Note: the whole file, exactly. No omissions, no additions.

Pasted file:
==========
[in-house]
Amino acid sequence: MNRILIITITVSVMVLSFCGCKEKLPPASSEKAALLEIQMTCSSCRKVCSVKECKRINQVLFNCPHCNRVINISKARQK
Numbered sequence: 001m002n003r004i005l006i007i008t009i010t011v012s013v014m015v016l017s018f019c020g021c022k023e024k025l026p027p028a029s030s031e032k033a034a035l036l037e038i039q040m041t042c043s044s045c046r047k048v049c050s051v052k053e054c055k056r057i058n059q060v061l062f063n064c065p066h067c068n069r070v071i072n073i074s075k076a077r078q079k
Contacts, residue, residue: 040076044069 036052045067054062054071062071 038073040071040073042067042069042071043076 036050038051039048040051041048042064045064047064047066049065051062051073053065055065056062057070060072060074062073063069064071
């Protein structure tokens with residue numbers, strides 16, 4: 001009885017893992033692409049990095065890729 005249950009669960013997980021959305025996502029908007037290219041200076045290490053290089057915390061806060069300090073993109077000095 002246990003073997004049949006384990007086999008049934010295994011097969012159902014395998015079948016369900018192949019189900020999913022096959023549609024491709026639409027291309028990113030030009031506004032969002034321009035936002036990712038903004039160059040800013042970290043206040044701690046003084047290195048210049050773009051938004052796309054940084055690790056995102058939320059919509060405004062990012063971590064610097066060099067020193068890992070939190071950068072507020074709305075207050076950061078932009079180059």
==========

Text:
[in-house]
Amino acid sequence: MNRILIITITVSVMVLSFCGCKEKLPPASSEKAALLEIQMTCSSCRKVCSVKECKRINQVLFNCPHCNRVINISKARQK
Numbered sequence: 001m002n003r004i005l006i007i008t009i010t011v012s013v014m015v016l017s018f019c020g021c022k023e024k025l026p027p028a029s030s031e032k033a034a035l036l037e038i039q040m041t042c043s044s045c046r047k048v049c050s051v052k053e054c055k056r057i058n059q060v061l062f063n064c065p066h067c068n069r070v071i072n073i074s075k076a077r078q079k
Contacts, residue, residue: 040076044069 036052045067054062054071062071 038073040071040073042067042069042071043076 036050038051039048040051041048042064045064047064047066049065051062051073053065055065056062057070060072060074062073063069064071
């Protein structure tokens with residue numbers, strides 16, 4: 001009885017893992033692409049990095065890729 005249950009669960013997980021959305025996502029908007037290219041200076045290490053290089057915390061806060069300090073993109077000095 002246990003073997004049949006384990007086999008049934010295994011097969012159902014395998015079948016369900018192949019189900020999913022096959023549609024491709026639409027291309028990113030030009031506004032969002034321009035936002036990712038903004039160059040800013042970290043206040044701690046003084047290195048210049050773009051938004052796309054940084055690790056995102058939320059919509060405004062990012063971590064610097066060099067020193068890992070939190071950068072507020074709305075207050076950061078932009079180059």